LONDON: Britain pointed the finger at Russian President Vladimir Putin on Thursday for a nerve agent attack on a former Russian spy in England — a charge that Moscow rejected as “unacceptable.”
The leaders of the United States, France, Germany and Canada later said they had “full confidence” in Britain’s assessment that officers from Russia’s military intelligence service were behind the Novichok attack that nearly killed Russian double agent Sergei Skripal and his daughter Yulia in March.
British Security Minister Ben Wallace said that Putin was “ultimately” responsible for the poisoning in the southwestern city of Salisbury, prompting an angry response from Moscow.
“For us any sort of accusation regarding the Russian leadership is unacceptable,” Kremlin spokesman Dmitry Peskov told journalists.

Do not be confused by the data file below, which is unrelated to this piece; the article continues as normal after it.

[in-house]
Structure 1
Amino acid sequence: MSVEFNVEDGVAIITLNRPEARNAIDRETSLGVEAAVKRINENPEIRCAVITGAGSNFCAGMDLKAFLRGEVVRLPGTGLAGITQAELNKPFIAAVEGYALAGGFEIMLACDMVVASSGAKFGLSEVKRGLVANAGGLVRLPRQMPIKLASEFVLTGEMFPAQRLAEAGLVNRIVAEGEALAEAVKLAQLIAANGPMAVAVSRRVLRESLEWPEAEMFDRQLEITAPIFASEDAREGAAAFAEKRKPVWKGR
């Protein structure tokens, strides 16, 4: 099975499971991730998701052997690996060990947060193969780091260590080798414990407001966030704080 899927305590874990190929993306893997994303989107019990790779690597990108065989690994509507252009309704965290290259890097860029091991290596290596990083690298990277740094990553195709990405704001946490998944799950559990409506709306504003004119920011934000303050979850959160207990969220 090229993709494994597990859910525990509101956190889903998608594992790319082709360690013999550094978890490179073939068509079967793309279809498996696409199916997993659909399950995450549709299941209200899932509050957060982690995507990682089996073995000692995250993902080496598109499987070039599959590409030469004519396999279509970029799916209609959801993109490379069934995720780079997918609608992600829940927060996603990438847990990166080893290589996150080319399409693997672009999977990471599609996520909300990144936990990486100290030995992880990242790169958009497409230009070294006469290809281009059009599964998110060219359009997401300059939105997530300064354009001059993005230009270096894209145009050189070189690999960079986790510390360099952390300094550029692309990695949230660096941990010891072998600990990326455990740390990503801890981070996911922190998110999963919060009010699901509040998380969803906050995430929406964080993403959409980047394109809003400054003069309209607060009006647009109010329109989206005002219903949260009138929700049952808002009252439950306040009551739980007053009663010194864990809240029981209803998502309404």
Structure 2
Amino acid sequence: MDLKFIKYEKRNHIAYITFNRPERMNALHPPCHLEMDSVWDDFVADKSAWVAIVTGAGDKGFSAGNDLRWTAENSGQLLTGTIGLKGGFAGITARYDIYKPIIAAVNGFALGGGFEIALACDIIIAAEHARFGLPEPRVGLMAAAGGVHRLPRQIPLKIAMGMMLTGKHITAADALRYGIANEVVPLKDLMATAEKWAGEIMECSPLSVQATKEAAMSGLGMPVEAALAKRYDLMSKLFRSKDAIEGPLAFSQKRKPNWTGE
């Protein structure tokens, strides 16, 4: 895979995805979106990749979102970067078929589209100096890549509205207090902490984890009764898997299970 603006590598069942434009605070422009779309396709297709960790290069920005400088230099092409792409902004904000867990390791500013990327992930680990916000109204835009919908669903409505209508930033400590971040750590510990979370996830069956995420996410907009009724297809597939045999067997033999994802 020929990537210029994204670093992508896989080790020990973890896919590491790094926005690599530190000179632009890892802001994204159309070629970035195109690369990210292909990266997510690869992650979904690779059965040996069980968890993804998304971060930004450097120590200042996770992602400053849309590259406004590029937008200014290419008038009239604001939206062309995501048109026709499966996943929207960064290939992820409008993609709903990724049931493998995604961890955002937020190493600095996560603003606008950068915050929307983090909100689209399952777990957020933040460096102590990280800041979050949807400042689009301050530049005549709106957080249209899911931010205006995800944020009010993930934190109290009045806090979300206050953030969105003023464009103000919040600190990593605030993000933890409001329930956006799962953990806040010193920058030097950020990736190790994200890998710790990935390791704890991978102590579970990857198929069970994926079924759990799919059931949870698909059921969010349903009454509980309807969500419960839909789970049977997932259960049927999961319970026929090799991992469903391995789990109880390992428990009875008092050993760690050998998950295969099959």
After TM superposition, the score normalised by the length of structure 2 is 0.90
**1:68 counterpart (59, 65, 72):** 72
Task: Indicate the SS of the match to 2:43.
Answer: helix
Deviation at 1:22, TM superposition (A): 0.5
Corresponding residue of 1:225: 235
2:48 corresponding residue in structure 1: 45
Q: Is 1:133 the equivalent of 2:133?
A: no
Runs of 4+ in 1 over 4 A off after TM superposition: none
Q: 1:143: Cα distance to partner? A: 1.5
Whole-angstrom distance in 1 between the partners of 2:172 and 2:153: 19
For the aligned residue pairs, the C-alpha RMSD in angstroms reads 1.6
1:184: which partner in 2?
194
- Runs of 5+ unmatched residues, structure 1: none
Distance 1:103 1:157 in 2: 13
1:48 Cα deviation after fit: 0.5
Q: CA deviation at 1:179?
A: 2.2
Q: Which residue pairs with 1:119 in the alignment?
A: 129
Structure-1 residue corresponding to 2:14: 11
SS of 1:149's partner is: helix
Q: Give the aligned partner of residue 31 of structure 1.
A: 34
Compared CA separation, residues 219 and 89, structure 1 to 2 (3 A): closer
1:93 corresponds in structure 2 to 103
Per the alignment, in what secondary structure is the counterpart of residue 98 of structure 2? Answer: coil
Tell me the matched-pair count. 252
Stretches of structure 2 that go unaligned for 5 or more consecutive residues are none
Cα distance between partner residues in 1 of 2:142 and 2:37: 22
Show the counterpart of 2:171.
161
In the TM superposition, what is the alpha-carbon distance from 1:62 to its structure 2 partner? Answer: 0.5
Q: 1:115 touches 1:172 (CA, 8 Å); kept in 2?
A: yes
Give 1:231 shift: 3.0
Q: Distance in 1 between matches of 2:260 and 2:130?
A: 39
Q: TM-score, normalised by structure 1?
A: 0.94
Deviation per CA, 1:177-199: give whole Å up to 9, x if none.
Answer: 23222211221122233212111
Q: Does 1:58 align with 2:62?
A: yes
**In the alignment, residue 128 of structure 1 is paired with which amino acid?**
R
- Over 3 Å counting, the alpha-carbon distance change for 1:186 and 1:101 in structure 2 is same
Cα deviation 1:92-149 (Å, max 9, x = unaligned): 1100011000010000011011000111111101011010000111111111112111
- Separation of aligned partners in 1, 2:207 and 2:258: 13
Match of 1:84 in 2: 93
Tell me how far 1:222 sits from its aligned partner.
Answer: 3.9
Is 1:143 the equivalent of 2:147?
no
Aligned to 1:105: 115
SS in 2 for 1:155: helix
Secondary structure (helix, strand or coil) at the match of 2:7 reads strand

Britain has previously accused Russia of orchestrating the attack, but Moscow denies any involvement and insists it is ready to cooperate in any investigation.
“Neither Russia’s top leadership nor those in the ranks below, nor any official representatives have anything to do with the events in Salisbury,” Peskov said.
London and its allies expelled dozens of Russian diplomats after the poisoning, prompting a tit-for-tat response from Moscow and plunging relations to a new low.
In a major new development, Prime Minister Theresa May announced Wednesday that police had issued international arrest warrants for the two suspects, identified as Alexander Petrov and Ruslan Boshirov.
She said they were members of Russian military intelligence and acted on orders from a “high level,” but Wallace went further when asked if Putin had any responsibility.
“Ultimately he does in so far as he is the president of the Russian Federation and it is his government that controls, funds and directs the military intelligence, the GRU, via his ministry of defense,” Wallace told BBC radio.